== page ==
Just four months now. That’s all the time remaining before private fund advisors across Europe need to have submitted their applications for authorization under the Alternative Investment Fund Managers Directive (AIFMD).
And if the UK – Europe’s biggest centre of private equity activity – is anything to go by, a lot of managers still haven’t filed the necessary paperwork. Figures obtained by Bovill show that of the 776 firms expected to apply for AIFMD authorization in the UK, only 361 have submitted applications with the Financial Conduct Authority to date.
For those GPs who haven’t yet begun the authorization process, here’s some food for thought:
Your application will probably take at least four months to process
Many firms that filed their AIFMD application in late December are only just hearing back now, meaning that authorities are already taking about three months to respond. But expect that time-lag to lengthen. In the UK, the FCA received more than 200 applications in January alone, representing about a quarter of all authorizations that need to take place. That flood of work will mean that processing takes longer.
The initial application is just the beginning
When you do hear back, don’t expect a straight rejection or acceptance letter. Instead, regulators are likely to ask for follow-up details or explanation about certain parts of the application. For instance, one area they seem particularly interested in is depositary rules, and the way a firm separates its portfolio and risk management functions (a requirement under the directive). Sources say these email requests from AIFMD case officers typically contain about 10-12 questions, which will probably take a few weeks to complete – and a GP may have to go through multiple rounds of this before authorization is finally granted.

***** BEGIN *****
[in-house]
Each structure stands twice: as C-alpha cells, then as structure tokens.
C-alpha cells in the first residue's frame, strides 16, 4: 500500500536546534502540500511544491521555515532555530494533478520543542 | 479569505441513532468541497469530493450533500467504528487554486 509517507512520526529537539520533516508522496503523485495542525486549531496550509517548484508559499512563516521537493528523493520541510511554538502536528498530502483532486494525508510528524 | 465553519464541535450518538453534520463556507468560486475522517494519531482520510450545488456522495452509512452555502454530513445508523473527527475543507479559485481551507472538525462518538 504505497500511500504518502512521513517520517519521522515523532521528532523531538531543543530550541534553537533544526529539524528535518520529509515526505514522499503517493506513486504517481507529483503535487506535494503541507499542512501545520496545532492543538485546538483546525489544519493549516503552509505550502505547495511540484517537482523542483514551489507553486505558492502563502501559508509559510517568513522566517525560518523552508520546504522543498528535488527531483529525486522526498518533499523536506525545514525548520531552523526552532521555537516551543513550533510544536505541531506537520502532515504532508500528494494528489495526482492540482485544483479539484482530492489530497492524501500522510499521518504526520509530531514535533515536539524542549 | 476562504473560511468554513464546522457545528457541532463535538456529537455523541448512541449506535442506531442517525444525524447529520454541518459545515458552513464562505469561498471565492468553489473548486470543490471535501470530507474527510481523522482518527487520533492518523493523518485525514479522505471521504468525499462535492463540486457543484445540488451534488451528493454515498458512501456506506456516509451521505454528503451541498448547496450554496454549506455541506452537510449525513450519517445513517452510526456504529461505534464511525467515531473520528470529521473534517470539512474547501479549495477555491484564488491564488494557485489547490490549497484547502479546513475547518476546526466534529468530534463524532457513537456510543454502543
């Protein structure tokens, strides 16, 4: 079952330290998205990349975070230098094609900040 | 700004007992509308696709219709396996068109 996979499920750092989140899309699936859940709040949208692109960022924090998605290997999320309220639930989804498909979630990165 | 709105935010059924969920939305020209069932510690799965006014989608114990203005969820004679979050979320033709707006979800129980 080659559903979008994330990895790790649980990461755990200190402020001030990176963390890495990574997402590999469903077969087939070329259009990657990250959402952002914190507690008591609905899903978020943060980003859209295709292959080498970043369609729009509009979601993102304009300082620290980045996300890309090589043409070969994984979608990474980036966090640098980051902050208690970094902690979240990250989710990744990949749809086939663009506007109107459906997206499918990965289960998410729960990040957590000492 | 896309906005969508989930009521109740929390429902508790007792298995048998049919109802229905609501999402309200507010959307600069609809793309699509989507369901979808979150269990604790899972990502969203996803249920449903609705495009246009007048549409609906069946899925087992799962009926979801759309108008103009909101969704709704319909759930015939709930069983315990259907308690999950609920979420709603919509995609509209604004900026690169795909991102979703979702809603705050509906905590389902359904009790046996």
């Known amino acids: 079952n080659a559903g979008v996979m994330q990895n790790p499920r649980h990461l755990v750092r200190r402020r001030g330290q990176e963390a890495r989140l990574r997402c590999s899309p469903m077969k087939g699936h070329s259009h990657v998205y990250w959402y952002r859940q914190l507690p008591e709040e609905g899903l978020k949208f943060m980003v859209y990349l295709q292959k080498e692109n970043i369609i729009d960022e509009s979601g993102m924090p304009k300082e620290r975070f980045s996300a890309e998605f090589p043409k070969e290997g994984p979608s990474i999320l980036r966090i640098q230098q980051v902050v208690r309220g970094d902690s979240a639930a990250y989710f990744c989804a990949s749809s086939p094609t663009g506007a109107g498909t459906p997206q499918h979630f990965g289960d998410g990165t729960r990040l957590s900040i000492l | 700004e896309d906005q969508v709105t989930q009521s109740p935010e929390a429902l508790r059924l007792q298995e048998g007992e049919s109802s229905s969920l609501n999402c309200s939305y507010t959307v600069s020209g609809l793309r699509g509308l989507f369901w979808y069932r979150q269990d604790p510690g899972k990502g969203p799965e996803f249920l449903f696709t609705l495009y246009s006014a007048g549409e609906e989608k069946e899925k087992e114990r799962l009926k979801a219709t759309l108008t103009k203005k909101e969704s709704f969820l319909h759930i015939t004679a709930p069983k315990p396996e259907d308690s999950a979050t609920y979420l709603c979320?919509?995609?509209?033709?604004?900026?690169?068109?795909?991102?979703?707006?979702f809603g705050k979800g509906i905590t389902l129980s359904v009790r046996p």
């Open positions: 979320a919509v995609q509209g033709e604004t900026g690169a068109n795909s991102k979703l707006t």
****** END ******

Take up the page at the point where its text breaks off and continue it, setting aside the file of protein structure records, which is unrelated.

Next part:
Regulators are going to want plenty of detail
As part of the application process, firms are often supplying regulators with relatively brief summaries of the policies they have in place to meet the directive. But it seems regulators are hungry for more detail. Many GPs already embroiled in the process are learning (usually via the aforementioned information requests) that these summaries don’t provide enough information about their specific internal controls and procedures. Some are even being asked to send a copy of their full policy for review.
The punishment for failure remains unclear
If you’re not sure what might happen if your application gets rejected, you’re not alone: multiple industry lawyers and compliance consultants tell us that it’s still pretty vague what actions regulators might take if a firm fails to receive authorization. Still, the good news is that firms only need to submit an application before July to continue operating without authorization – then it’s business as usual until they hear back. And our sources suggest that it would be surprising to see a GP completely failing the authorization process. The more likely outcome is that regulators will work with a firm, or continue requesting information, until they feel comfortable that it is meeting all of the directive’s requirements.
There are sure to be plenty more surprises as hundreds more EU fund managers file their AIFMD applications ahead of the July deadline. And as always, we’re always keen to hear your stories from the regulatory front line. Drop PE Manager editor Nicholas Donato a line at firstname.lastname@example.org at any time to discuss.